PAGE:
Historic decision
UN recognizes Yom Kippur as an official holiday

Long Israeli diplomatic effort results in UN decision to recognize Day of Atonement as an official holiday.

Ben Ariel,

United Nations Headquarters
United Nations Headquarters
Thinkstock

The United Nations headquarters in New York on Thursday recognized the Jewish holiday of Yom Kippur as an official UN holiday.

As part of the decision, from now on no official meetings will take place at the UN on Yom Kippur and employees can chose to take the day off.

The decisive victory was achieved thanks to the cooperation between Israel’s Permanent Representative to the UN, Ambassador Danny Danon, who led the efforts on behalf of the Israeli Mission, and the United States Permanent Representative of the UN, Ambassador Samantha Power.

“Yom Kippur is the holiest day of the year for the Jewish People, and the UN should have recognized this holiday many years ago. Today we finally have an official place for the Jewish religion in the world’s parliament”, Danon said on Thursday.

The partnership with the American prevented the anti-Israel majority at the UN from blocking the resolution.

“The American-Israeli partnership at the UN stands for good versus bad and right versus wrong. The value of justice, anchored in Jewish tradition and thought, will finally find its place in the family of nations, and be a part of the UN’s history”, Danon added.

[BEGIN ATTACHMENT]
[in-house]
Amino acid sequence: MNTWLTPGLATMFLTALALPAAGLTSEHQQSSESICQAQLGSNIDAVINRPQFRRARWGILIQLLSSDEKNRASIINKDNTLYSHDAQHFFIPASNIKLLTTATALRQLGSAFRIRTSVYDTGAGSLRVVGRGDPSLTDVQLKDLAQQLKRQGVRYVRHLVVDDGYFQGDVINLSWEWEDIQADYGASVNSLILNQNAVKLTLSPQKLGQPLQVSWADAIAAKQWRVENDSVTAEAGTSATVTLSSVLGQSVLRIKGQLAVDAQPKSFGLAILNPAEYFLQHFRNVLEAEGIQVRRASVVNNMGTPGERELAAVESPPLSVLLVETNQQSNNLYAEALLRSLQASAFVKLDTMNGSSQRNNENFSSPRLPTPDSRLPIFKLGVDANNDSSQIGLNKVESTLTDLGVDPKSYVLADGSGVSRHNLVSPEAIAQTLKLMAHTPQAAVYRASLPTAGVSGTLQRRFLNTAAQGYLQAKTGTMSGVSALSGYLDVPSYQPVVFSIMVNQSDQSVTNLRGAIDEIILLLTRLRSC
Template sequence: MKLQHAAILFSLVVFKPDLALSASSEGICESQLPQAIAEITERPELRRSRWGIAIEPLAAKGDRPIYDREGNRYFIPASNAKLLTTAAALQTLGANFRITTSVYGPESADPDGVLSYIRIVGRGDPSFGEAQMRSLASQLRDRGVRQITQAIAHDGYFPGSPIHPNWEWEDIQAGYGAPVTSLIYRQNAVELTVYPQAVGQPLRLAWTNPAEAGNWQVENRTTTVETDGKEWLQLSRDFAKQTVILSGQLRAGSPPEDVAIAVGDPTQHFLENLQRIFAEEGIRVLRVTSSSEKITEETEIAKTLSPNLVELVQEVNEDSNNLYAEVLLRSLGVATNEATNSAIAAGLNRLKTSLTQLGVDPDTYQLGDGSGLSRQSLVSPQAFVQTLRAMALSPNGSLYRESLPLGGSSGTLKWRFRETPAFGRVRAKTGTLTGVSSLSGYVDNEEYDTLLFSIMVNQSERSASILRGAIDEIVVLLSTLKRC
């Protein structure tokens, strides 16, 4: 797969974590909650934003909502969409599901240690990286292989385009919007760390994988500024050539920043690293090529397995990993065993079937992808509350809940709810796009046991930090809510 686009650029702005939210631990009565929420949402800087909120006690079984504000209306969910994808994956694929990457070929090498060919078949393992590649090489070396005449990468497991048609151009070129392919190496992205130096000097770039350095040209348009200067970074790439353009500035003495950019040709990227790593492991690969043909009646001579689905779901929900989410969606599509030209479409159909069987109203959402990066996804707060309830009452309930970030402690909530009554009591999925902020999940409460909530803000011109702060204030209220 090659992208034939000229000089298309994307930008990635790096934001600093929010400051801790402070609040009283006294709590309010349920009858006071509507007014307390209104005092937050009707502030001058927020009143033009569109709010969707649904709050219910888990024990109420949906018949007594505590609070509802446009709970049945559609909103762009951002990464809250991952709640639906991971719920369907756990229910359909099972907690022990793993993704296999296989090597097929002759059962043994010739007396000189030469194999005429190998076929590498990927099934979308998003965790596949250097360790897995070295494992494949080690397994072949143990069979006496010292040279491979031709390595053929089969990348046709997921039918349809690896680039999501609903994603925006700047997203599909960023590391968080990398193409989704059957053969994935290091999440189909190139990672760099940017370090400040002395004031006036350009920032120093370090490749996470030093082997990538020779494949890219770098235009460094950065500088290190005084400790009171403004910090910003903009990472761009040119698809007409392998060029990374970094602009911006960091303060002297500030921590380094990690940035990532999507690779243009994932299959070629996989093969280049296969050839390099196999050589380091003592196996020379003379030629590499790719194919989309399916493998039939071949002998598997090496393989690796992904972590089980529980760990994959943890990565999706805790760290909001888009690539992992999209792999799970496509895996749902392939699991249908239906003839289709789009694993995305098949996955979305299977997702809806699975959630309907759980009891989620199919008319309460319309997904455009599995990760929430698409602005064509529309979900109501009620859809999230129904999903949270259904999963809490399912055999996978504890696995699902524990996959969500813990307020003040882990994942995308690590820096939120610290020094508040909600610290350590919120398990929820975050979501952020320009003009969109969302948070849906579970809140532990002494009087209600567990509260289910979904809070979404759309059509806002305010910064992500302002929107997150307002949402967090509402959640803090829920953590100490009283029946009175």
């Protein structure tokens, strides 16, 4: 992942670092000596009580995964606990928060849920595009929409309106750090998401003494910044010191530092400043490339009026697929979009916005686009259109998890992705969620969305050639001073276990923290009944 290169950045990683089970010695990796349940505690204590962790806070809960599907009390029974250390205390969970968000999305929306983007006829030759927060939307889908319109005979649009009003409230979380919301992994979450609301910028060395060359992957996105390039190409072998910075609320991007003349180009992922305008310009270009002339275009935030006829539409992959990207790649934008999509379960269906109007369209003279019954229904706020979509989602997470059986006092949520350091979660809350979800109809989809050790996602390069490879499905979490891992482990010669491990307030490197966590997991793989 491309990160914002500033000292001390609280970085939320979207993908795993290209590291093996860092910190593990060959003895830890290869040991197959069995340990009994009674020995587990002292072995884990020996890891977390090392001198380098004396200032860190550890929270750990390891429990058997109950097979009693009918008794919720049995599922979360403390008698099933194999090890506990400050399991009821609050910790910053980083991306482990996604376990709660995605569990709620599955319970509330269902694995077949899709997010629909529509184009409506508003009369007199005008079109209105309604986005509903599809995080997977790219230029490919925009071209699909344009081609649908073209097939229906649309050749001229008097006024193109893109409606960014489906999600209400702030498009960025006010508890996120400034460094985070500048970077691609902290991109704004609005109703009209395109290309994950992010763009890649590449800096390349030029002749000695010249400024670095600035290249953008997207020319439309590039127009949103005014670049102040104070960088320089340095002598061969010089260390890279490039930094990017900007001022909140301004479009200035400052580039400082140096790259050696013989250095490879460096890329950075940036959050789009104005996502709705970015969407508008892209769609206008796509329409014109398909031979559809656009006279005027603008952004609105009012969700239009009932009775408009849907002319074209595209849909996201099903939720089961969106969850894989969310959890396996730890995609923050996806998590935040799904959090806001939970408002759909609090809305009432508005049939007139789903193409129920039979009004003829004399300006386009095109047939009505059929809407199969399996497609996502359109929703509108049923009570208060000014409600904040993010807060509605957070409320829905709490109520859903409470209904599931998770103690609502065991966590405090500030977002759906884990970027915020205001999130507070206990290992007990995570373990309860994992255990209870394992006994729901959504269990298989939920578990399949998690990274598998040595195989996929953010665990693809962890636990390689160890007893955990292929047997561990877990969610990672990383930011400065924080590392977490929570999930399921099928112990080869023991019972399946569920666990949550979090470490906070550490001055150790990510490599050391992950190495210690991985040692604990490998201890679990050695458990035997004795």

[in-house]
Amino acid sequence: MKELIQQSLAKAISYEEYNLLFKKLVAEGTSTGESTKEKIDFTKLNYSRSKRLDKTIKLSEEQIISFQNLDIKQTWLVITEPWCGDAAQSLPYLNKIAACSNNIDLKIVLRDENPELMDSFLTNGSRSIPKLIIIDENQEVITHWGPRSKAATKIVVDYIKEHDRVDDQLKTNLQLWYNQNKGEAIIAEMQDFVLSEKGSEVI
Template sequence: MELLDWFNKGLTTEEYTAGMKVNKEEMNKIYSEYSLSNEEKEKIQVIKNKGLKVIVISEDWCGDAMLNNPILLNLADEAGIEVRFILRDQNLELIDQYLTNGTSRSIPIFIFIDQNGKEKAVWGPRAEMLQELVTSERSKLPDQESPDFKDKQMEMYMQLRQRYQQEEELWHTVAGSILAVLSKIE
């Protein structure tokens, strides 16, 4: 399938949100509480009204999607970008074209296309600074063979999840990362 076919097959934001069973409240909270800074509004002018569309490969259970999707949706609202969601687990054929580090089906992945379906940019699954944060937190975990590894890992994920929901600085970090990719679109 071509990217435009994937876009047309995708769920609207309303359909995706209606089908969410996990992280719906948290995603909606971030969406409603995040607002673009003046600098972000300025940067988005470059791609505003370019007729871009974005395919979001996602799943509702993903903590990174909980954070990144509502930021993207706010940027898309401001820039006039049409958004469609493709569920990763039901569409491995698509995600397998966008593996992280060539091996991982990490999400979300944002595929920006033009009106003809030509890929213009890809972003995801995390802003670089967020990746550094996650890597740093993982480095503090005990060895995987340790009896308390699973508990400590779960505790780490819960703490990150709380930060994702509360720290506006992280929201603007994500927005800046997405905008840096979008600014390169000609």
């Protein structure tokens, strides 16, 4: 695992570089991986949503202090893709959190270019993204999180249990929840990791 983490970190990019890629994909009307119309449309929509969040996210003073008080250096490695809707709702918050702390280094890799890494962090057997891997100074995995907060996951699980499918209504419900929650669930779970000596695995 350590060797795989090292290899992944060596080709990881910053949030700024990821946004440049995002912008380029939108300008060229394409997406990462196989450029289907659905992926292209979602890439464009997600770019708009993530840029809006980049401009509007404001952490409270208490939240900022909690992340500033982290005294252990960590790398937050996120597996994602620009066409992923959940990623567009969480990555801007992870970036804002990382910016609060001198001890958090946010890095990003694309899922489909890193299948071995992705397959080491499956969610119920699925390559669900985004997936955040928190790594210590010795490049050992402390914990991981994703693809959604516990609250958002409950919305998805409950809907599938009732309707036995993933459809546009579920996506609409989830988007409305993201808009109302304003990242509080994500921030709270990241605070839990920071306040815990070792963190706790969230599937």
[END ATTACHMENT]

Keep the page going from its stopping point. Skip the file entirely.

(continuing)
Until today, the UN recognized 10 official holidays, including Christmas and Eid Al Fitr, but no Jewish holidays. Thursday’s decision establishes Yom Kippur as an official UN holiday, and this international recognition of the holiday’s importance will allow Jewish UN workers to observe the holiday without the need to take a day off.

Last year, ambassadors to the United Nations from 32 countries asked the UN to recognize Yom Kippur as an official holiday, noting that the Jewish Day of Atonement is an annual day with a "universal" message.

Yom Kippur is observed on the tenth day of the month of Tishrei, which falls each year in September or October.

The day, dedicated to fasting and prayer, marks the end of the 10 Days of Awe which start with the Jewish new year on Rosh Hashanah. The holiday is observed by many Jews, even non-practicing ones.




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